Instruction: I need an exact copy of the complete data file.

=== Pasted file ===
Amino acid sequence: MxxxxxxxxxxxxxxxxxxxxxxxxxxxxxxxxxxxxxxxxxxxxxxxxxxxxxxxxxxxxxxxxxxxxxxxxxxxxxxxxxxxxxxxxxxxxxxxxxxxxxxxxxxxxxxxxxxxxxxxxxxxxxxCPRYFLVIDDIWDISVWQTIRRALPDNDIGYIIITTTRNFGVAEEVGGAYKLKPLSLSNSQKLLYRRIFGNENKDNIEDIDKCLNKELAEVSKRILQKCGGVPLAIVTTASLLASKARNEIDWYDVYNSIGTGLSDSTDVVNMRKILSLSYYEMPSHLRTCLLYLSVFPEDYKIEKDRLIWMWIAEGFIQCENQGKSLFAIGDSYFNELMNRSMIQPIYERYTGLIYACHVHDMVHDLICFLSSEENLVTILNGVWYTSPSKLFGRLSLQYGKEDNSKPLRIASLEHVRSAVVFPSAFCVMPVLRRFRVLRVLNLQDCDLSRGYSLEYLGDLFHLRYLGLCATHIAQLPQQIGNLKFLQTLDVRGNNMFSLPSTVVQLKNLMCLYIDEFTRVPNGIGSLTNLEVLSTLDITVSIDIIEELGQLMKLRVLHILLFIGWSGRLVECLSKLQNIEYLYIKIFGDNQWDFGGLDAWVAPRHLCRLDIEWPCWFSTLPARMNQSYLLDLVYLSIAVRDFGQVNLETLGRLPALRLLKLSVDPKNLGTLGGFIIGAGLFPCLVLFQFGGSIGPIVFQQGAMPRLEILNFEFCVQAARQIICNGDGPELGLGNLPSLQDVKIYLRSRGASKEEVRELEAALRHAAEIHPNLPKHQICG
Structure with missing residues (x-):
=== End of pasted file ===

Amino acid sequence: MxxxxxxxxxxxxxxxxxxxxxxxxxxxxxxxxxxxxxxxxxxxxxxxxxxxxxxxxxxxxxxxxxxxxxxxxxxxxxxxxxxxxxxxxxxxxxxxxxxxxxxxxxxxxxxxxxxxxxxxxxxxxxxCPRYFLVIDDIWDISVWQTIRRALPDNDIGYIIITTTRNFGVAEEVGGAYKLKPLSLSNSQKLLYRRIFGNENKDNIEDIDKCLNKELAEVSKRILQKCGGVPLAIVTTASLLASKARNEIDWYDVYNSIGTGLSDSTDVVNMRKILSLSYYEMPSHLRTCLLYLSVFPEDYKIEKDRLIWMWIAEGFIQCENQGKSLFAIGDSYFNELMNRSMIQPIYERYTGLIYACHVHDMVHDLICFLSSEENLVTILNGVWYTSPSKLFGRLSLQYGKEDNSKPLRIASLEHVRSAVVFPSAFCVMPVLRRFRVLRVLNLQDCDLSRGYSLEYLGDLFHLRYLGLCATHIAQLPQQIGNLKFLQTLDVRGNNMFSLPSTVVQLKNLMCLYIDEFTRVPNGIGSLTNLEVLSTLDITVSIDIIEELGQLMKLRVLHILLFIGWSGRLVECLSKLQNIEYLYIKIFGDNQWDFGGLDAWVAPRHLCRLDIEWPCWFSTLPARMNQSYLLDLVYLSIAVRDFGQVNLETLGRLPALRLLKLSVDPKNLGTLGGFIIGAGLFPCLVLFQFGGSIGPIVFQQGAMPRLEILNFEFCVQAARQIICNGDGPELGLGNLPSLQDVKIYLRSRGASKEEVRELEAALRHAAEIHPNLPKHQICG
Structure with missing residues (x-):